Introduction: Coconut Whipped Cream

Picture of Coconut Whipped Cream

Cutting down or eliminating dairy, but still want something to top pumpkin pie, crazy pancakes or simply to dip strawberries in? Coconut milk makes just as thick and rich whipped cream as whipping cream, if not more! And the only different in preparation is to remember to put the coconut milk in the fridge long enough to chill.

An additional plus is that whipped coconut cream does not break down the way dairy does. This whipped cream can be covered and stored for up to a few days without separation taking place. That alone makes it a better option in my book!

  • 1 Can Coconut Milk (14 ounces)
  • 2 Tbs Powdered Sugar
  • 1/2 tsp Vanilla
  • 1 tsp Matcha or
  • 1 Tbs Cocoa Powder or
  • 2 Tbs Pomegranate juice
  1. Set can of coconut milk and mixing bowl in the fridge overnight
  2. Set beaters in freezer for a few minutes before you begin
  3. Open can and remove all the solid coconut cream (leaving about 1/4 can of coconut water)
  4. Mix cream in chilled bowl, with chilled beaters until fluffy (3 minutes or so)
  5. Mix in powdered sugar and/or any other flavoring
  6. Use right away or cover and keep in the refrigerator for up to 3 days


Paige Russell made it! (author)2016-06-27

So delicious! Great Instructable! I used it to make gluten-free angel food cake strawberry shortcake and it was SO GOOD!! Next time I'm going to try adding the flavors.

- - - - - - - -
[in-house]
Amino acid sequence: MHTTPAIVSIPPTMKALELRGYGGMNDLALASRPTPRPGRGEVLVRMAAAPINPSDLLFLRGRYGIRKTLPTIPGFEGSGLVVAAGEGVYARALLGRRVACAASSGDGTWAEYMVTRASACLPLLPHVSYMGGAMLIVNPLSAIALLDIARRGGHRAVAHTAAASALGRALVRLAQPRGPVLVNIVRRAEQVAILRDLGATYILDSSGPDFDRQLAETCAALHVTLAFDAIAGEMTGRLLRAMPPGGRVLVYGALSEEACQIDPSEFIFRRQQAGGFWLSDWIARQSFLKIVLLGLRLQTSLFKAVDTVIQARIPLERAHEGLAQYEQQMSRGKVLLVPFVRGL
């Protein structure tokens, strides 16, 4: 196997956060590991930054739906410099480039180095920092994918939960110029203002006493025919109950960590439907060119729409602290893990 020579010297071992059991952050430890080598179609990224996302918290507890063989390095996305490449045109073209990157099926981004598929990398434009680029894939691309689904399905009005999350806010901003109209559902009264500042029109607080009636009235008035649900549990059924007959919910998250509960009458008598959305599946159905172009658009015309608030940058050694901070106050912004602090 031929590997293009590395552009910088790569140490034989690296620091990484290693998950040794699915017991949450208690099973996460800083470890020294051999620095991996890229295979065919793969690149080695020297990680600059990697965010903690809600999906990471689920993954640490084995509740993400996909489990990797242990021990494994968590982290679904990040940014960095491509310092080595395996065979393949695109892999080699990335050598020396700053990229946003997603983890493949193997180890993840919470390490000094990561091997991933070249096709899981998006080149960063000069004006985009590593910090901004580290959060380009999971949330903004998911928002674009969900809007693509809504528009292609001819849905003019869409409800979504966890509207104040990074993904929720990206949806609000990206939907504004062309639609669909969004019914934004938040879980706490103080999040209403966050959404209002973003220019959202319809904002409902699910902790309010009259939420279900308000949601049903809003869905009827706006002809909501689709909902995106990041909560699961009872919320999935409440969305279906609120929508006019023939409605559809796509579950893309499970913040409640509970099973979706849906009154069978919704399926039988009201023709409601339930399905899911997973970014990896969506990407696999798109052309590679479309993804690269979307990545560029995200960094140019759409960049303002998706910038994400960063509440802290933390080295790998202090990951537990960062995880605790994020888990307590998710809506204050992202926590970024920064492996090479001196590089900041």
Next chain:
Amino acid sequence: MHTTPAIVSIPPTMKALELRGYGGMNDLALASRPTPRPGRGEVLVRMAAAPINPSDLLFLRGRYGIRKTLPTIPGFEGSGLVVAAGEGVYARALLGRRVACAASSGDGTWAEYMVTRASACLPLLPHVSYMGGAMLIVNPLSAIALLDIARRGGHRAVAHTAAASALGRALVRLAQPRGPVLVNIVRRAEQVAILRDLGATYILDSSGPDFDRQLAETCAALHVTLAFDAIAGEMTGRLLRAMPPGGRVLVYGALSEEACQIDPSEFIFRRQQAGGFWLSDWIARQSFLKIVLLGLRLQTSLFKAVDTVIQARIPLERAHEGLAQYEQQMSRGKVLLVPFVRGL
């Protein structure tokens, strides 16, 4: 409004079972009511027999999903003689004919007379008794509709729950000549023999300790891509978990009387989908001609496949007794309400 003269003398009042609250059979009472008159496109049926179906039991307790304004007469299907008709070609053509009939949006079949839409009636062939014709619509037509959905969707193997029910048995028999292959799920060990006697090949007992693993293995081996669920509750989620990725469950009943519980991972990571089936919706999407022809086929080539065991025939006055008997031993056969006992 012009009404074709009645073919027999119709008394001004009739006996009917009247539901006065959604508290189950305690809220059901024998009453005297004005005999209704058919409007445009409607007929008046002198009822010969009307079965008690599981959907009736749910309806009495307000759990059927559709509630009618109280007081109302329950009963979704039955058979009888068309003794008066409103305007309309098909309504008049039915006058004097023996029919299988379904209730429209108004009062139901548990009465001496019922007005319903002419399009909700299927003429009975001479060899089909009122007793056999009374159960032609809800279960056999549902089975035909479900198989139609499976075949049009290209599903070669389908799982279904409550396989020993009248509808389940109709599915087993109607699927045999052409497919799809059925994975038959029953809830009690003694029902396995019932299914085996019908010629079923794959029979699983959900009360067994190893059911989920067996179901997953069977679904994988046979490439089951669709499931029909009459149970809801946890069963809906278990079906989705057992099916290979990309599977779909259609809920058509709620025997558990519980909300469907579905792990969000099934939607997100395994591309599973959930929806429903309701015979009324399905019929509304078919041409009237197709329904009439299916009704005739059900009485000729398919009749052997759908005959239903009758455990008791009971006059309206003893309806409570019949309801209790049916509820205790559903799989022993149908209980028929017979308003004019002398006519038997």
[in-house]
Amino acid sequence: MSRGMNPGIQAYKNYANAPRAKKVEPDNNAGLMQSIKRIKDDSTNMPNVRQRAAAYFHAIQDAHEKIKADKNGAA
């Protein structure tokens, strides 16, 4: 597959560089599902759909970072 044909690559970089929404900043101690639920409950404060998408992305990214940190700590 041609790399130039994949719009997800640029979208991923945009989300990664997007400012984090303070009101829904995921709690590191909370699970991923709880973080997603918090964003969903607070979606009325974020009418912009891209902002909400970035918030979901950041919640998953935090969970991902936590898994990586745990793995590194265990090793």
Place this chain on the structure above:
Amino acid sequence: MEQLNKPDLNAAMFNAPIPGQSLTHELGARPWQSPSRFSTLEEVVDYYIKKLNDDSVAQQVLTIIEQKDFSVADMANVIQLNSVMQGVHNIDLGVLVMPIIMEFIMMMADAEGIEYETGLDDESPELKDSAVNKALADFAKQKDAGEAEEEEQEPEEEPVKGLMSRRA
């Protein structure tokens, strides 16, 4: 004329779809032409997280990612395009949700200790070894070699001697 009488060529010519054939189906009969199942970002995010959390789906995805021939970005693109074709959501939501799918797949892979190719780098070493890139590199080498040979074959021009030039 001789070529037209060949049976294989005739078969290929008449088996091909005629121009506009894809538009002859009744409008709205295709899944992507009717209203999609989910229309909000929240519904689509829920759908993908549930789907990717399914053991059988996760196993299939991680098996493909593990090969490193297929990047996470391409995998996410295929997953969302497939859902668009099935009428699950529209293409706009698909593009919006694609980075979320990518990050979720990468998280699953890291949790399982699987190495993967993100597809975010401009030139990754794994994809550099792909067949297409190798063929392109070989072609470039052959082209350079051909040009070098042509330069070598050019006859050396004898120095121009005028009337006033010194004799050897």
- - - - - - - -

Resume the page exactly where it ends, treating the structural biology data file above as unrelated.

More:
BryanC85 (author)2016-02-17

i used instant hot cocoa mix - about 2 Tbs - and this rivals ANY restaurants mouse :) very delicious!

darklotus (author)2015-07-03

Re the saturated fat content:

The key is moderation and a varied diet. The more research done, the more it's shown that in most cases, genetics play the biggest part in how your body handles fats. Some people can pig out on all sorts of naughty things and still have good LDL (low density lipids) & VLDL (very low density lipids) levels, or at least good ratios between these and HDL (high density lipids) levels, while others have bad ones to varying degrees no matter what they eat or their lifestyles. So the trick is, know how your body handles fats, understand what fats and some other foods (honey and red wine, for example, can affect your triglyceride levels) do what re your lipid levels, take medication to control it if you don't handle it well, eat sensibly and don't overdo the naughty things.

Of course, this doesn't mean that diet doesn't play a part - it does - just not as big a one as was once thought in most cases. Trans-fats are, however, NEVER okay and should be avoided at all costs. The days of extremely low fat diets have hopefully gone forever, though. These can cause all sorts of health problems, both long and short term. Once again, sensible, moderate and varied is what everyone should aim for.

Another thing to remember is that hydrogenated fats, no matter what they started out as, will act like saturated fats. A simple rule of thumb is that any fat that is solid at room temperature should be considered saturated, because that's how it will affect your body.